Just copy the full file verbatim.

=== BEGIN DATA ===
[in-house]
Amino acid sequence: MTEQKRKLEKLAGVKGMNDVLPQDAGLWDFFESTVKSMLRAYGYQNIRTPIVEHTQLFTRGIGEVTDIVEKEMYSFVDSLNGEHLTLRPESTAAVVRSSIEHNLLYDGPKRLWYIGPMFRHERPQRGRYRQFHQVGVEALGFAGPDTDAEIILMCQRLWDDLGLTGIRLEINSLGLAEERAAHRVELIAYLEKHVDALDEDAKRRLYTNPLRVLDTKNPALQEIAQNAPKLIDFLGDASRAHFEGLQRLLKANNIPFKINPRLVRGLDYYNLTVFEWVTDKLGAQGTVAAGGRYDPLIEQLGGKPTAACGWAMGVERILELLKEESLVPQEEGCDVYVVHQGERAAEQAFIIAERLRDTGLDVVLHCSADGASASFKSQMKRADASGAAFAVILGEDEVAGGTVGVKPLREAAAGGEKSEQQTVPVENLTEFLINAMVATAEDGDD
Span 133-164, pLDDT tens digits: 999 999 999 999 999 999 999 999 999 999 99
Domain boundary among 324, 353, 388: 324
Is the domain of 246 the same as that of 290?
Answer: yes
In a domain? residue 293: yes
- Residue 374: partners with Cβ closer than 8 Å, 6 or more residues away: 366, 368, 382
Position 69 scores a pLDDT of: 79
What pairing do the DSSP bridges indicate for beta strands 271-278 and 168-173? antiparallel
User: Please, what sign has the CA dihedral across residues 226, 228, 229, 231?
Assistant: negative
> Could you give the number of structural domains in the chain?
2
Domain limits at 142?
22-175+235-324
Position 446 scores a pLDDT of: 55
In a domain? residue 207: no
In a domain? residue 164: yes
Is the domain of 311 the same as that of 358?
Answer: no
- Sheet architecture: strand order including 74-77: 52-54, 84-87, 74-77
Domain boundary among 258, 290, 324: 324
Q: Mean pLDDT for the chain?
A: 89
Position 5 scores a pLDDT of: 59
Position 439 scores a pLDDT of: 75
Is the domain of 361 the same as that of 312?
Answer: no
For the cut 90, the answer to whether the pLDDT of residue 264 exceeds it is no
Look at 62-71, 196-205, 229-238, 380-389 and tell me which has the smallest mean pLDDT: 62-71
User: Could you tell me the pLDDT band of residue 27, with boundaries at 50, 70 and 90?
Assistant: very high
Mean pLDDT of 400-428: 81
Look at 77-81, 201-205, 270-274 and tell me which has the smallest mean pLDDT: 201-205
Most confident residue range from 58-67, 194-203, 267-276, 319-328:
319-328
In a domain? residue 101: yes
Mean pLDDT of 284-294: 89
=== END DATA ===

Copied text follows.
[in-house]
Amino acid sequence: MTEQKRKLEKLAGVKGMNDVLPQDAGLWDFFESTVKSMLRAYGYQNIRTPIVEHTQLFTRGIGEVTDIVEKEMYSFVDSLNGEHLTLRPESTAAVVRSSIEHNLLYDGPKRLWYIGPMFRHERPQRGRYRQFHQVGVEALGFAGPDTDAEIILMCQRLWDDLGLTGIRLEINSLGLAEERAAHRVELIAYLEKHVDALDEDAKRRLYTNPLRVLDTKNPALQEIAQNAPKLIDFLGDASRAHFEGLQRLLKANNIPFKINPRLVRGLDYYNLTVFEWVTDKLGAQGTVAAGGRYDPLIEQLGGKPTAACGWAMGVERILELLKEESLVPQEEGCDVYVVHQGERAAEQAFIIAERLRDTGLDVVLHCSADGASASFKSQMKRADASGAAFAVILGEDEVAGGTVGVKPLREAAAGGEKSEQQTVPVENLTEFLINAMVATAEDGDD
Span 133-164, pLDDT tens digits: 999 999 999 999 999 999 999 999 999 999 99
Domain boundary among 324, 353, 388: 324
Is the domain of 246 the same as that of 290?
Answer: yes
In a domain? residue 293: yes
- Residue 374: partners with Cβ closer than 8 Å, 6 or more residues away: 366, 368, 382
Position 69 scores a pLDDT of: 79
What pairing do the DSSP bridges indicate for beta strands 271-278 and 168-173? antiparallel
User: Please, what sign has the CA dihedral across residues 226, 228, 229, 231?
Assistant: negative
> Could you give the number of structural domains in the chain?
2
Domain limits at 142?
22-175+235-324
Position 446 scores a pLDDT of: 55
In a domain? residue 207: no
In a domain? residue 164: yes
Is the domain of 311 the same as that of 358?
Answer: no
- Sheet architecture: strand order including 74-77: 52-54, 84-87, 74-77
Domain boundary among 258, 290, 324: 324
Q: Mean pLDDT for the chain?
A: 89
Position 5 scores a pLDDT of: 59
Position 439 scores a pLDDT of: 75
Is the domain of 361 the same as that of 312?
Answer: no
For the cut 90, the answer to whether the pLDDT of residue 264 exceeds it is no
Look at 62-71, 196-205, 229-238, 380-389 and tell me which has the smallest mean pLDDT: 62-71
User: Could you tell me the pLDDT band of residue 27, with boundaries at 50, 70 and 90?
Assistant: very high
Mean pLDDT of 400-428: 81
Look at 77-81, 201-205, 270-274 and tell me which has the smallest mean pLDDT: 201-205
Most confident residue range from 58-67, 194-203, 267-276, 319-328:
319-328
In a domain? residue 101: yes
Mean pLDDT of 284-294: 89